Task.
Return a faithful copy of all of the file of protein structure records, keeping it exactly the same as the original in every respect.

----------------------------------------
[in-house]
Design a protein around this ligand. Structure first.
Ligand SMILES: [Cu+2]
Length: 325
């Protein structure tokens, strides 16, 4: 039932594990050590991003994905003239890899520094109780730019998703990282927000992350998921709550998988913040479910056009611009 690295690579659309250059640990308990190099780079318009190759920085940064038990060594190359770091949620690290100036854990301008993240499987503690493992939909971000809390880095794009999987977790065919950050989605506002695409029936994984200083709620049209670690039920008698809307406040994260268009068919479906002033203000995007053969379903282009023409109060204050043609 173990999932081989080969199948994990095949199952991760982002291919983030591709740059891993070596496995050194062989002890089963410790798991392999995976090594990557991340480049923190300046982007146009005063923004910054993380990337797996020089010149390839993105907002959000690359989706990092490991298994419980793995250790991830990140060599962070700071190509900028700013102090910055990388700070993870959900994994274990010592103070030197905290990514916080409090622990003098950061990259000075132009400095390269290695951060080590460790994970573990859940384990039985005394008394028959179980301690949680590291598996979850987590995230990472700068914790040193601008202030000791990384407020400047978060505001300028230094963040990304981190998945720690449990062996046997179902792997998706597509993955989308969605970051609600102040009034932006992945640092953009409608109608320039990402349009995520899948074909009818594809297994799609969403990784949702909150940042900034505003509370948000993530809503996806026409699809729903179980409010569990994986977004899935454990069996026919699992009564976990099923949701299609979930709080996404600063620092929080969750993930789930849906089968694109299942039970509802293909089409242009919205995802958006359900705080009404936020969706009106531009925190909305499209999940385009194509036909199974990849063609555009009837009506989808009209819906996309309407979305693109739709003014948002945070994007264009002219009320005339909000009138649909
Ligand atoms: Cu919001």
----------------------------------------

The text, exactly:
[in-house]
Design a protein around this ligand. Structure first.
Ligand SMILES: [Cu+2]
Length: 325
């Protein structure tokens, strides 16, 4: 039932594990050590991003994905003239890899520094109780730019998703990282927000992350998921709550998988913040479910056009611009 690295690579659309250059640990308990190099780079318009190759920085940064038990060594190359770091949620690290100036854990301008993240499987503690493992939909971000809390880095794009999987977790065919950050989605506002695409029936994984200083709620049209670690039920008698809307406040994260268009068919479906002033203000995007053969379903282009023409109060204050043609 173990999932081989080969199948994990095949199952991760982002291919983030591709740059891993070596496995050194062989002890089963410790798991392999995976090594990557991340480049923190300046982007146009005063923004910054993380990337797996020089010149390839993105907002959000690359989706990092490991298994419980793995250790991830990140060599962070700071190509900028700013102090910055990388700070993870959900994994274990010592103070030197905290990514916080409090622990003098950061990259000075132009400095390269290695951060080590460790994970573990859940384990039985005394008394028959179980301690949680590291598996979850987590995230990472700068914790040193601008202030000791990384407020400047978060505001300028230094963040990304981190998945720690449990062996046997179902792997998706597509993955989308969605970051609600102040009034932006992945640092953009409608109608320039990402349009995520899948074909009818594809297994799609969403990784949702909150940042900034505003509370948000993530809503996806026409699809729903179980409010569990994986977004899935454990069996026919699992009564976990099923949701299609979930709080996404600063620092929080969750993930789930849906089968694109299942039970509802293909089409242009919205995802958006359900705080009404936020969706009106531009925190909305499209999940385009194509036909199974990849063609555009009837009506989808009209819906996309309407979305693109739709003014948002945070994007264009002219009320005339909000009138649909
Ligand atoms: Cu919001």